VATICAN CITY. Pope Francis told the heads of women’s religious orders from around the world that he would set up a commission to study the New Testament deaconesses, and he also insisted more can and should be done to involve lay and consecrated women in Church decision-making at every level.
Asked if he would establish “an official commission to study the question” of whether women could be admitted to the diaconate, Pope Francis responded: “I accept. It would be useful for the Church to clarify this question. I agree.”
The pope spent more than an hour May 12 responding to questions posed by members of the International Union of Superiors General, repeatedly asking if they wanted further clarification and making funny asides or rephrasing his responses when it was clear they were not hitting the mark.
“I like hearing your questions because they make me think,” the pope told close to 900 superiors general, representing almost 500,000 sisters around the world. “I feel like a goalie, who is standing there waiting for the ball and not knowing where it’s going to come from.”
Asked about deaconesses in the New Testament and the possibility of the modern Church admitting women to the permanent diaconate, Pope Francis had said his understanding was that the women described as deaconesses in the Bible were not ordained like permanent deacons are. Mainly, he said, it appeared that they assisted with the baptism by immersion of other women and with the anointing of women.
However, he said, “I will ask the (Congregation for the) Doctrine of the Faith to tell me if there are studies on this.”
Pope Francis also promised to have the Congregation for Divine Worship and the Sacraments send the International Union a full explanation of why women cannot give a homily at Mass. While women can preach at a Liturgy of the Word when there is not a celebration of the Eucharist, he said, at Mass the Liturgy of the Word and the Liturgy of the Eucharist are parts of a whole and only one who is ordained can preside and preach.
Pope Francis “did not say he intends to introduce a diaconal ordination for women,” and he certainly did not speak about the ordination of women priests, Jesuit Father Federico Lombardi, the Vatican spokesman said.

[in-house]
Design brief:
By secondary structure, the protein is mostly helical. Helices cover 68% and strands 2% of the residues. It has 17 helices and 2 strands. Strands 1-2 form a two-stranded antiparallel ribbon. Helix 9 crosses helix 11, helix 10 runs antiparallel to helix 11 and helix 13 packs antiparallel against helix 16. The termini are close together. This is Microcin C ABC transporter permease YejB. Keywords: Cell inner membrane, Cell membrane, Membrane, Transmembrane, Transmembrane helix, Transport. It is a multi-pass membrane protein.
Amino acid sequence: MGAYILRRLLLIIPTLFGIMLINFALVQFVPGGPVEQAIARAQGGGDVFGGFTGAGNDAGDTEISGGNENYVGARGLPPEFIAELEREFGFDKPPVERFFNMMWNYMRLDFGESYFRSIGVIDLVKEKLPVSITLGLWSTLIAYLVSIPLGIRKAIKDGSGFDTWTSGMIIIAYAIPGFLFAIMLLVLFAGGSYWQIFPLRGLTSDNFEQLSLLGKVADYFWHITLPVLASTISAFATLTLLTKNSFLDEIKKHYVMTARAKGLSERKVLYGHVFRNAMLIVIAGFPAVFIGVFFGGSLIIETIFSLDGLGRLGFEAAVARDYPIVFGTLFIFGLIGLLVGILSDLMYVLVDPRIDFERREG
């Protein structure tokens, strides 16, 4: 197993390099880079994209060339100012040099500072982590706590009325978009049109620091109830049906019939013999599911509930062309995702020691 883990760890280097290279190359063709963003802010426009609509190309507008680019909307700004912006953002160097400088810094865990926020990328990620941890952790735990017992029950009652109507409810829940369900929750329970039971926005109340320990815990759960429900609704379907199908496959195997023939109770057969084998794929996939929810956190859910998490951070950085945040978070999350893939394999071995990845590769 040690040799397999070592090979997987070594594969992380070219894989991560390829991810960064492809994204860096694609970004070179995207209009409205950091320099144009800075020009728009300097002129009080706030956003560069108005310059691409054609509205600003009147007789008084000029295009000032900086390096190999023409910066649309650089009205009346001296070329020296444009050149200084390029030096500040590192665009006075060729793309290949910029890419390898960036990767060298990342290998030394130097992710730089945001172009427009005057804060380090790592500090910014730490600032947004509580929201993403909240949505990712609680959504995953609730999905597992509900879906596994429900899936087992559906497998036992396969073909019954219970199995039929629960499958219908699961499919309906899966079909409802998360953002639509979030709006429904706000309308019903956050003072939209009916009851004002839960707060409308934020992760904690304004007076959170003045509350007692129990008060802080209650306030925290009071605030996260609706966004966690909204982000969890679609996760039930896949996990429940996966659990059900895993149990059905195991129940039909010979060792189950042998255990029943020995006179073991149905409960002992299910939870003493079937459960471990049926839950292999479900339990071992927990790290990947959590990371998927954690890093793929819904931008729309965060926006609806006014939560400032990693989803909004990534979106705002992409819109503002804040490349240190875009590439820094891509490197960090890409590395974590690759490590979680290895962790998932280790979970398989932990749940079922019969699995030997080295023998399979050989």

After some news outlets reported the pope was considering ordaining women deacons and comments were made about women deacons leading to women priests, Father Lombardi issued a clarification May 13.
The spokesman insisted “it is wrong to reduce all the important things the pope said to the religious women to just this question.”
Women and the diaconate “is a question that has been discussed much, including in the past, and that comes from the fact that in the early church there were women who were called deaconesses, who carried out certain services within the community,” Father Lombardi said.
Pope Francis told the sisters that he thought it would be a good idea to form a commission “to take up this question again in order to view it with greater clarity,” Father Lombardi said. “But one must be honest: The pope did not say he intends to introduce a diaconal ordination for women and even less did he speak of the priestly ordination of women. In fact, talking about preaching during the eucharistic celebration, he let them know that he was not considering this possibility at all.”
In a video statement May 13, Sister Carmen Sammut, superior of the Sisters of Our Lady of Africa and president of the International Union, said the sisters “were quite excited by the fact that Pope Francis did not leave any question out; he really wanted to answer each of our questions.
“He was very strong about the fact that women should be in the decision-making processes and the decision-making positions of the Church,” she said.
“About the diaconate,” she said, the sisters “had proposed that there would be a commission. He accepted that proposal and has said that he would bring that forward so that it could be studied even more than it has already. And I hope that one day there will be a real decision about this.”